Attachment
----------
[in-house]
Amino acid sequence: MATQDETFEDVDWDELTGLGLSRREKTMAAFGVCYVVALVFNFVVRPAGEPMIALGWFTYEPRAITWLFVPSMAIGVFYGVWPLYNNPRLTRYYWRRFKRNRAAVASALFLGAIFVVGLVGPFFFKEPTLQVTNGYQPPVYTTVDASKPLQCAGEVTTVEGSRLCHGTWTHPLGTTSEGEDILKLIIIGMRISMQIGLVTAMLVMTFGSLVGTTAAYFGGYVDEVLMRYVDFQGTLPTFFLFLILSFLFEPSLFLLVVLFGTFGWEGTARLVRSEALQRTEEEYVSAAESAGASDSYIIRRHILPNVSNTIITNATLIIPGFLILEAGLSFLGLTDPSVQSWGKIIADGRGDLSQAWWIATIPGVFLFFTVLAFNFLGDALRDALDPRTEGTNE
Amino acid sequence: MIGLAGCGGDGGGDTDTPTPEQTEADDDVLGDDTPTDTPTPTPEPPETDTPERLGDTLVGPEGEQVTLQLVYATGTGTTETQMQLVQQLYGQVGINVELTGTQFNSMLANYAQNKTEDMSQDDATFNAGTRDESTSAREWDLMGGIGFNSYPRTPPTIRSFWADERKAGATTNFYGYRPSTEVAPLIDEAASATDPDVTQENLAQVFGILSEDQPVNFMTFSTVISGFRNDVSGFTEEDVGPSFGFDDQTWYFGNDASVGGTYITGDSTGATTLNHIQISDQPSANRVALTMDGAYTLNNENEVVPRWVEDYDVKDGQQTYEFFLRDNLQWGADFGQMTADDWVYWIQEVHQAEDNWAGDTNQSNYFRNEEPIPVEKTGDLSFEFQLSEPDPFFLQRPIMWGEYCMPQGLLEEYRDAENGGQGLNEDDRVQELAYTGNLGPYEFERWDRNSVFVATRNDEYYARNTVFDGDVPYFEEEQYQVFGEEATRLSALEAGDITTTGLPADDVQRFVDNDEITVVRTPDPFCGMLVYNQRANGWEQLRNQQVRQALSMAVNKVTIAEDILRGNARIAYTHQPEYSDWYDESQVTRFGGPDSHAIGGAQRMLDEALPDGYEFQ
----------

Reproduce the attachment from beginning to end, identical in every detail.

[in-house]
Amino acid sequence: MATQDETFEDVDWDELTGLGLSRREKTMAAFGVCYVVALVFNFVVRPAGEPMIALGWFTYEPRAITWLFVPSMAIGVFYGVWPLYNNPRLTRYYWRRFKRNRAAVASALFLGAIFVVGLVGPFFFKEPTLQVTNGYQPPVYTTVDASKPLQCAGEVTTVEGSRLCHGTWTHPLGTTSEGEDILKLIIIGMRISMQIGLVTAMLVMTFGSLVGTTAAYFGGYVDEVLMRYVDFQGTLPTFFLFLILSFLFEPSLFLLVVLFGTFGWEGTARLVRSEALQRTEEEYVSAAESAGASDSYIIRRHILPNVSNTIITNATLIIPGFLILEAGLSFLGLTDPSVQSWGKIIADGRGDLSQAWWIATIPGVFLFFTVLAFNFLGDALRDALDPRTEGTNE
Amino acid sequence: MIGLAGCGGDGGGDTDTPTPEQTEADDDVLGDDTPTDTPTPTPEPPETDTPERLGDTLVGPEGEQVTLQLVYATGTGTTETQMQLVQQLYGQVGINVELTGTQFNSMLANYAQNKTEDMSQDDATFNAGTRDESTSAREWDLMGGIGFNSYPRTPPTIRSFWADERKAGATTNFYGYRPSTEVAPLIDEAASATDPDVTQENLAQVFGILSEDQPVNFMTFSTVISGFRNDVSGFTEEDVGPSFGFDDQTWYFGNDASVGGTYITGDSTGATTLNHIQISDQPSANRVALTMDGAYTLNNENEVVPRWVEDYDVKDGQQTYEFFLRDNLQWGADFGQMTADDWVYWIQEVHQAEDNWAGDTNQSNYFRNEEPIPVEKTGDLSFEFQLSEPDPFFLQRPIMWGEYCMPQGLLEEYRDAENGGQGLNEDDRVQELAYTGNLGPYEFERWDRNSVFVATRNDEYYARNTVFDGDVPYFEEEQYQVFGEEATRLSALEAGDITTTGLPADDVQRFVDNDEITVVRTPDPFCGMLVYNQRANGWEQLRNQQVRQALSMAVNKVTIAEDILRGNARIAYTHQPEYSDWYDESQVTRFGGPDSHAIGGAQRMLDEALPDGYEFQ